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Principal Investigator: Concannon, Patrick
Institute Receiving Award University Of Florida
Location Gainesville, FL
Grant Number R01ES027121
Funding Organization National Institute of Environmental Health Sciences
Award Funding Period 01 Aug 2016 to 31 Jul 2021
DESCRIPTION (provided by applicant): Project Abstract The relationship between ionizing radiation (IR) and human health is paradoxical; IR is both a potent carcinogen and a highly effective therapeutic agent for the treatment of cancers. This proposal exploits this relationship—utilizing genome sequencing of rare, genetically radiosensitive individuals to identify novel genes that act in the cellular response to IR and then targeting the products of these genes for functional studies and preliminary drug development. Since the mutations identified in these individuals confer radiation sensitivity without significantly compromising survival, the genes identified may constitute particularly favorable targets for the design of drugs intended to radiosensitize tumors while limiting cytotoxicity to normal tissue. For more than 25 years we have worked to elucidate the genetics of human radiation sensitivity, focusing on individuals displaying extremes of IR hypersensitivity as a means of identifying genes with the most significant effects on cellular DNA damage responses. Over the course of these studies, a steady stream of patients has been referred to us for diagnostic testing for Ataxia-telangiectasia, Nijmegen Breakage Syndrome or Ligase IV Syndrome. Cell lines established from some of these patients displayed radiation hypersensitivity in clonogenic survival assays but did not harbor causative mutations in ATM, NBN or LIG4. In preliminary studies we have utilized whole exome sequencing which, in some subjects, revealed deleterious alleles at genes known to be involved in DNA damage responses, such as ERCC6 and MCPH1. More intriguing, however, were 5 genes where causative mutations were found and confirmed to be radiosensitizing, but whose roles in established DNA damage response pathways were both unknown and unanticipated. In this application we propose to build upon these preliminary findings using whole genome sequencing (WGS) to capture a greater fraction of the causative variants in the remaining unsequenced radiosensitive cell lines, improved bioinformatic tools to filter those variants, and high throughput functional screening assays to efficiently identify the genes they impact. Functional studies will be applied to two of the novel genes we have identified because they show promise as potential chemoradiosensitization targets. The first of these, MTPAP, is a non-canonical poly-A polymerase and terminal uridyltransferase, which, when mutated or knocked down, radiosensitizes by a novel mechanism involving disruption of histone homeostasis. The second gene, ATIC, encodes a bifunctional enzyme that catalyzes the final two steps of de novo purine synthesis. Knockdown or chemical inhibition of ATIC depletes cellular ATP, alters the cell cycle distribution of cells and results in increased DNA double-strand breaks and impaired survival after irradiation. For each of these two molecules we will define their mechanisms of action in the cellular response to ionizing radiation exposure and evaluate the efficacy of small molecule inhibitors which we have already obtained from in silico screening to reproduce these radiosensitive phenotypes in cells in culture.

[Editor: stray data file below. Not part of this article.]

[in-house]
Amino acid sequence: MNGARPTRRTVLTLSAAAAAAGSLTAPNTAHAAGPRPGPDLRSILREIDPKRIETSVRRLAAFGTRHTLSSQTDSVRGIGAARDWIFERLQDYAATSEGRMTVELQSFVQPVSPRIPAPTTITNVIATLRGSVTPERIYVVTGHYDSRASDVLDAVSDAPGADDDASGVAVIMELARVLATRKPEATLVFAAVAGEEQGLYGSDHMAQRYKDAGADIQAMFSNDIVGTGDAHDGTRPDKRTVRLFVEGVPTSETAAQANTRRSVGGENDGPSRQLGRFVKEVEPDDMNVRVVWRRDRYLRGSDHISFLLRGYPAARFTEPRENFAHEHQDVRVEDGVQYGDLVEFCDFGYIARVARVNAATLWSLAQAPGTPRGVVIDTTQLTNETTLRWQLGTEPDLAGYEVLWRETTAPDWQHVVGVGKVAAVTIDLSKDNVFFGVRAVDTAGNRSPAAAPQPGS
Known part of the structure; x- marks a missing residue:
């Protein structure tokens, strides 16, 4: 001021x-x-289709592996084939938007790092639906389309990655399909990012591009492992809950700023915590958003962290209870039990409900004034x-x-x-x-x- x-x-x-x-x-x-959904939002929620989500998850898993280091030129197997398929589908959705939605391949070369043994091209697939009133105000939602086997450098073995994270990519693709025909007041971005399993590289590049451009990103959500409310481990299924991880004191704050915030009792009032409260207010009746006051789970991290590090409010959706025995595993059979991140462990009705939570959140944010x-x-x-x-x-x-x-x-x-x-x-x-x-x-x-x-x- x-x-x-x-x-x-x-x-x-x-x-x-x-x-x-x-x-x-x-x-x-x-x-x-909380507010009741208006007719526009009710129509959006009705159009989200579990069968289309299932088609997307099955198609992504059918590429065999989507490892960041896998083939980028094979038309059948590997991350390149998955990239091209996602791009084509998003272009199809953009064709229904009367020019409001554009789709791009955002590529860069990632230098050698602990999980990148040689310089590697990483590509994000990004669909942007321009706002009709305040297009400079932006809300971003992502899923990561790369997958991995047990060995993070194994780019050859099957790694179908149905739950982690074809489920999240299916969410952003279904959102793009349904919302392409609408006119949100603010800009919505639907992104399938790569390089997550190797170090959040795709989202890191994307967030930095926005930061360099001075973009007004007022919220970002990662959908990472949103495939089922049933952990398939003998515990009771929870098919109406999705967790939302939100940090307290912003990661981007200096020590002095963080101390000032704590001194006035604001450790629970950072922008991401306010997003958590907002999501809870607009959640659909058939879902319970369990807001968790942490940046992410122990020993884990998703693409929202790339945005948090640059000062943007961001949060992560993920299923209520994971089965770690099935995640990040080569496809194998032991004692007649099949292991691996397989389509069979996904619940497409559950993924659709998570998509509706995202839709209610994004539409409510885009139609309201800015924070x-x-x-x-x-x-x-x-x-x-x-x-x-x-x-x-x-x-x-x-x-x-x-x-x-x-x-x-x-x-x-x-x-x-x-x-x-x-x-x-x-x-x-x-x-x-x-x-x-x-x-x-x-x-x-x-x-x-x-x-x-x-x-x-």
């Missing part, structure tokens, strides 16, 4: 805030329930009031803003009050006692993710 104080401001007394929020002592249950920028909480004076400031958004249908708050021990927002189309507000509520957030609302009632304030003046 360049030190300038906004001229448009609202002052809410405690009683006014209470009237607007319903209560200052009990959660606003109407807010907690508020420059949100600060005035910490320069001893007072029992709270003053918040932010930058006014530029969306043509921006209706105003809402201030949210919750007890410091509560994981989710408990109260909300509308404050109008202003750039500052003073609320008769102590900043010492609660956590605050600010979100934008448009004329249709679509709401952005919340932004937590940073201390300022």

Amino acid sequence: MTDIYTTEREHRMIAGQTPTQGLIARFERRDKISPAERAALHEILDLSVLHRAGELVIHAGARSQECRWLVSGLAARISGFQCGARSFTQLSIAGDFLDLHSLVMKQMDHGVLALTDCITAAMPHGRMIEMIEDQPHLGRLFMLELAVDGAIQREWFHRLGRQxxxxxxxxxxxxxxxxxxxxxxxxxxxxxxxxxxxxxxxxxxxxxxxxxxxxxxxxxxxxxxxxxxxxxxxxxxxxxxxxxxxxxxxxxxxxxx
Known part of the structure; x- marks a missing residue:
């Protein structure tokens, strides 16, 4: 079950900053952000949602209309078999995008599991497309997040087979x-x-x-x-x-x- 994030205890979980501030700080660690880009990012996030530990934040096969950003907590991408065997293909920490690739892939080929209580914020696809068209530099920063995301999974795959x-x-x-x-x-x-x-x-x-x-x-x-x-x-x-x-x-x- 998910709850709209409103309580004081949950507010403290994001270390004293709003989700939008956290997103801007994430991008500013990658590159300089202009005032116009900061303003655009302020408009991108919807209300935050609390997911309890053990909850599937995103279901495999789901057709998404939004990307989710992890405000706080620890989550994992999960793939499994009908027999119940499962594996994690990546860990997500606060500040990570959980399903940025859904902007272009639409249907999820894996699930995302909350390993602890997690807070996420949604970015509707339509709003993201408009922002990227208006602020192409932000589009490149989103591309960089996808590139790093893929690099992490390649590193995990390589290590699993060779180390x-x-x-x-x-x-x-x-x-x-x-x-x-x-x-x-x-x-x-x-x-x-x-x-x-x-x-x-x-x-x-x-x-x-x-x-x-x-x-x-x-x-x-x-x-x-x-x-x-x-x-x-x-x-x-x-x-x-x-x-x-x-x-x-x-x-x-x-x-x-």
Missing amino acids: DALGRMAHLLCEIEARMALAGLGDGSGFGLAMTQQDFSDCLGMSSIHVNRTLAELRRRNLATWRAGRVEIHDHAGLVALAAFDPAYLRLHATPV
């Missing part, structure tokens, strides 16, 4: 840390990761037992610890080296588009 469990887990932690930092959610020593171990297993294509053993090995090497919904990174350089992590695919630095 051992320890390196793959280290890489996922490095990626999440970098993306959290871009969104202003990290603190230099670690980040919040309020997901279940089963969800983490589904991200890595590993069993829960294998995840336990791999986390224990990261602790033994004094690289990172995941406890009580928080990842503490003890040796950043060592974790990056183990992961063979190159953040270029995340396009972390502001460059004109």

Science Code(s)/Area of Science(s) Primary: 09 - Genome Integrity
Publications See publications associated with this Grant.
Program Officer Daniel Shaughnessy
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